Papers w/o Print: Just Another News Site?

This was something I was meaning to include in my newspaper post this morning and neglected to. Sites like InDenverTimes, arising out of the ashes of the Rocky Moutain News, Christian Science Monitor and Seattle PI are online only pubs after the closure of a print newspaper. What’s the outlook for such online newspapers? Not great argues a study written up in the Wall Street Journal:

[The study focused on] Taloussanomat, a financial daily paper in Finland that stopped printing on Dec. 28, 2007 in a cost-cutting move.

According to the report, Taloussanomat, which had a daily circulation of 72,000, lost at least 75% of its revenue as it sacrificed print advertising and subscription fees in the shift. But the more surprising finding concerns its Web traffic.

Initially after becoming an online-only operation, saw an uptick in traffic, but after five months, unique visits and page views fell by 22% and 11%, respectively, compared with the week before it ended its print edition. Although its traffic recovered by the fall, the report attributes the gains to reader interest in the global financial crisis.

What this suggests is that there’s a critical “synergy” (perhaps a candidate for banishment) between the print and online editions. If print is lost then the online only pub becomes just one among many sources of information. There’s a loss of brand equity and possibly even credibility (though I’m speculating).

This single study shouldn’t be seen as definitive, but it’s quite interesting data for the discussion of whether newspapers can survive, let alone thrive, if they go online only.


Update:¬†Serendipitously, here’s further evidence of how online news sites suffer without a print companion publication:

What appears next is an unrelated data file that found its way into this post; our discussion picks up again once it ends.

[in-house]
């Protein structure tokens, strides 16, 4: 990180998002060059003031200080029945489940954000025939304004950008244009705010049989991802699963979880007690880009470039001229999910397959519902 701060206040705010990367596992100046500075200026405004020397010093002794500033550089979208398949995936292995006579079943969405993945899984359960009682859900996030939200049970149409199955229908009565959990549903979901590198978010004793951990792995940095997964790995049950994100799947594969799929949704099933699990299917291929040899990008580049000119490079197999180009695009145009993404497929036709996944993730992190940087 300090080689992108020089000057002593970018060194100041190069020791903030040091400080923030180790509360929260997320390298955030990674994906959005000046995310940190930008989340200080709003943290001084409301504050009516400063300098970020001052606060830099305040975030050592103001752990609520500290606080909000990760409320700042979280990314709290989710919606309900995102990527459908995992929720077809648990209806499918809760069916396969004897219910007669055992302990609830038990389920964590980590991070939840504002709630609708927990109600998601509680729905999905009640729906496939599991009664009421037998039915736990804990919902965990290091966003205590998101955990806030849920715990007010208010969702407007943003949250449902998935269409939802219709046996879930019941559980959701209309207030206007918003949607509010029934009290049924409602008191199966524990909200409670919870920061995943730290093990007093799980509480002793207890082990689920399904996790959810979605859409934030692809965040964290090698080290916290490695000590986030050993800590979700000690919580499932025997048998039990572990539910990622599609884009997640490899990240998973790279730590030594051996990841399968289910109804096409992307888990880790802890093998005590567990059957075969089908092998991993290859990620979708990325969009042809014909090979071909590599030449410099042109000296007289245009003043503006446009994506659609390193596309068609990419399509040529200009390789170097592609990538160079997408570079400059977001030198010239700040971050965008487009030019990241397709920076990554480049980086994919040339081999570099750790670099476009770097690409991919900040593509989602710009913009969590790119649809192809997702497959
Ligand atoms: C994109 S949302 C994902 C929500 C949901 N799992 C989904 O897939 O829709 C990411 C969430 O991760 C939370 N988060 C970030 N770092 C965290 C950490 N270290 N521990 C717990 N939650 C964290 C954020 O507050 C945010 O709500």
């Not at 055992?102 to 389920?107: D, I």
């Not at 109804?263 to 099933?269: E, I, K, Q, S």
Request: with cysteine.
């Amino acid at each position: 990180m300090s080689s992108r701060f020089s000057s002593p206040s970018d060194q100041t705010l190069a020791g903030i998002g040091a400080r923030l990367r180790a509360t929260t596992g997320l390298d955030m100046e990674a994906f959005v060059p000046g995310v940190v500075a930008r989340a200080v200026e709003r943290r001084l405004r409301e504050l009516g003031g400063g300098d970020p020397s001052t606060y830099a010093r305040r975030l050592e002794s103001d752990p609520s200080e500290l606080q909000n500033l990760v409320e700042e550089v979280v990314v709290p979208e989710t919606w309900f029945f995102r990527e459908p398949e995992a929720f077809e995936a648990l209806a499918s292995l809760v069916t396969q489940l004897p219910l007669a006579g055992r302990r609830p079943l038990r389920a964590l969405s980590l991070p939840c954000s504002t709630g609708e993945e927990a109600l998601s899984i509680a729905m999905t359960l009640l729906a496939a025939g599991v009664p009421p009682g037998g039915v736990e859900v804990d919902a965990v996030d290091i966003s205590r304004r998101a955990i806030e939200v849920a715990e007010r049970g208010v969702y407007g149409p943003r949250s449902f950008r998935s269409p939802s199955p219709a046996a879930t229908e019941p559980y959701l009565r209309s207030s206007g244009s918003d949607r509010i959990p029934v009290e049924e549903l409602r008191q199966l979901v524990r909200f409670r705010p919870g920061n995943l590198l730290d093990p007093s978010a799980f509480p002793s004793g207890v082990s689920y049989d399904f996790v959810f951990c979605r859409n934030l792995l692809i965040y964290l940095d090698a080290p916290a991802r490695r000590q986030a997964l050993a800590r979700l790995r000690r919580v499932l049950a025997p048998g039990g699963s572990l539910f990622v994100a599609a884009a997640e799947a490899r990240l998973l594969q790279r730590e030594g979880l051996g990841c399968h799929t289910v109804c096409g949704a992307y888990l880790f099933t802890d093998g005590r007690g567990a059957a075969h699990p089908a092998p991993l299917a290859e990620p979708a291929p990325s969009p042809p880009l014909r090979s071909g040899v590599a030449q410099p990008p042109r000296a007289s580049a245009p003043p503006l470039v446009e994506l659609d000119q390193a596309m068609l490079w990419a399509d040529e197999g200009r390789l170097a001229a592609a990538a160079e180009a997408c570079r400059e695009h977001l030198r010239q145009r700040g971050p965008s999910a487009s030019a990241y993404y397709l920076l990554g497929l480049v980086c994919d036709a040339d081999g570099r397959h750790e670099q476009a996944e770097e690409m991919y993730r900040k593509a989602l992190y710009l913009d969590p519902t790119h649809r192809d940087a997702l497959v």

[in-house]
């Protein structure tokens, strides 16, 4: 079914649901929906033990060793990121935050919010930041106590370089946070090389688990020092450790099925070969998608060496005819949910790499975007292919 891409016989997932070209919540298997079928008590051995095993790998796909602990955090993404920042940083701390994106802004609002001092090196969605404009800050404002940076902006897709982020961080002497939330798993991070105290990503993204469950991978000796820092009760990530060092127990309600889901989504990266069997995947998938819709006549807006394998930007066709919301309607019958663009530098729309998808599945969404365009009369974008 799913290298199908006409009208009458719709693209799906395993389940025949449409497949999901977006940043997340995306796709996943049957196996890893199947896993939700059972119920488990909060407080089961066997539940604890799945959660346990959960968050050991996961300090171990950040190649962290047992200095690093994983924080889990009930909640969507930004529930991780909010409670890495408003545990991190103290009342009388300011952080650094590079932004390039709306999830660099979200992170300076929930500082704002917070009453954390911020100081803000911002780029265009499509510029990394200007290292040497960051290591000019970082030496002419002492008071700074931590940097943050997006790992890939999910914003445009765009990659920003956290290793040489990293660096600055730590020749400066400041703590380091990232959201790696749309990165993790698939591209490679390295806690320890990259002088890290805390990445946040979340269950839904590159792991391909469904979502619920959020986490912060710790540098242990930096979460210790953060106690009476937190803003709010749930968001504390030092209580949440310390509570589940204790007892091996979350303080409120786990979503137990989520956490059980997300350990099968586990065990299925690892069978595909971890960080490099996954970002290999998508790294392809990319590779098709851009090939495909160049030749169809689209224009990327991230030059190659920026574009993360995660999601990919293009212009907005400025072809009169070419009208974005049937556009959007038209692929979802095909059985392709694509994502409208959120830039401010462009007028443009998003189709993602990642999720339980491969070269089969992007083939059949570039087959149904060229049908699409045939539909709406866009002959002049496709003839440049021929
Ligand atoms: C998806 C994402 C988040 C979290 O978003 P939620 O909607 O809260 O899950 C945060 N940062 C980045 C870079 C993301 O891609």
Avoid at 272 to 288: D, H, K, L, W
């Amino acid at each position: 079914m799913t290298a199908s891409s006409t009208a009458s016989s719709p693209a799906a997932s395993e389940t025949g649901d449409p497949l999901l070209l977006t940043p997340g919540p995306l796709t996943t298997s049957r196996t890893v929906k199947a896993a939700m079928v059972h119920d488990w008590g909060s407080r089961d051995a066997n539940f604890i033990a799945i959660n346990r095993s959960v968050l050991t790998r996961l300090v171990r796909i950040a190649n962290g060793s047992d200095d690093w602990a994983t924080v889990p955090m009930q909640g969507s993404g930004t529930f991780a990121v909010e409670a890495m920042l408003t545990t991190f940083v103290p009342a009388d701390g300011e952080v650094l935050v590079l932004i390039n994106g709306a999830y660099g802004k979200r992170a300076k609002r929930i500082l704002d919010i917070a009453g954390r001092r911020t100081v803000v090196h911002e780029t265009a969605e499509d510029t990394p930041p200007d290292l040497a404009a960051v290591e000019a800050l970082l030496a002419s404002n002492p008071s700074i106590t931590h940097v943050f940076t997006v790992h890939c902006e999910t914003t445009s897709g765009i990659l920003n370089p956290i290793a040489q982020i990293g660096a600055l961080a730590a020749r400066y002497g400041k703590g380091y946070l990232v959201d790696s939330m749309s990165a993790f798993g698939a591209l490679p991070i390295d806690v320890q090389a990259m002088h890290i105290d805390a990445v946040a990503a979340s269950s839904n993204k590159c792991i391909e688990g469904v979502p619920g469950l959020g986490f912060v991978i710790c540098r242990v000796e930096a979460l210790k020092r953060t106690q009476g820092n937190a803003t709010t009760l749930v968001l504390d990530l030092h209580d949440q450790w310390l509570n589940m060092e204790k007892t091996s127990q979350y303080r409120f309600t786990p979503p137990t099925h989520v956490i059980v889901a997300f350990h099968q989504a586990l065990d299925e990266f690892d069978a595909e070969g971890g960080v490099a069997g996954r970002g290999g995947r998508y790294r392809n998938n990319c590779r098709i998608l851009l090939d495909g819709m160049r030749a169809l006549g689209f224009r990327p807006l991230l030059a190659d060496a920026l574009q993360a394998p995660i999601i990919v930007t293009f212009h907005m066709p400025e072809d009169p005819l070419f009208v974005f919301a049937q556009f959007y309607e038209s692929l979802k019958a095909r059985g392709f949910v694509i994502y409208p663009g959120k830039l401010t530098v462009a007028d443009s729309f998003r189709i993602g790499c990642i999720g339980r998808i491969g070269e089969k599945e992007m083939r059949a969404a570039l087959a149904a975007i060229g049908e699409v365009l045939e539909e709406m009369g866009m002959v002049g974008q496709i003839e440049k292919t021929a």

The Seattle Post-Intelligencer, which published its last edition on March 17, was knocked off the list of top 30 newspaper Web sites in March, according to the latest figures form Nielsen Online. fell to No. 32 with 1.4 million unique users, down 23 percent compared to March 2008. In February, the site was ahead of its then-joint operating agreement sister The Seattle Times. had 1.8 million uniques, while the Seattle Times had 1.5 million in February.

The Seattle Times picked up online readers as well. In March, the site recorded year-over-year growth of 70 percent to 2.2 million uniques.

Online-only newspaper readership is still very low in the United States. According to Scarborough Research, the number of adults who have read newspapers online-only during the week is 4 percent. Scarborough measures the top 81 markets in the U.S. but they said it was a fairly close approximately to national online-only-readership.

Update II: Both Seattle papers/sites dispute the accuracy of the Nielsen numbers.

3 Responses to “Papers w/o Print: Just Another News Site?”

  1. Joe Mescher Says:

    I’d venture to say the printed product (Brand Awareness) is what drives usage of the online product in the first place.

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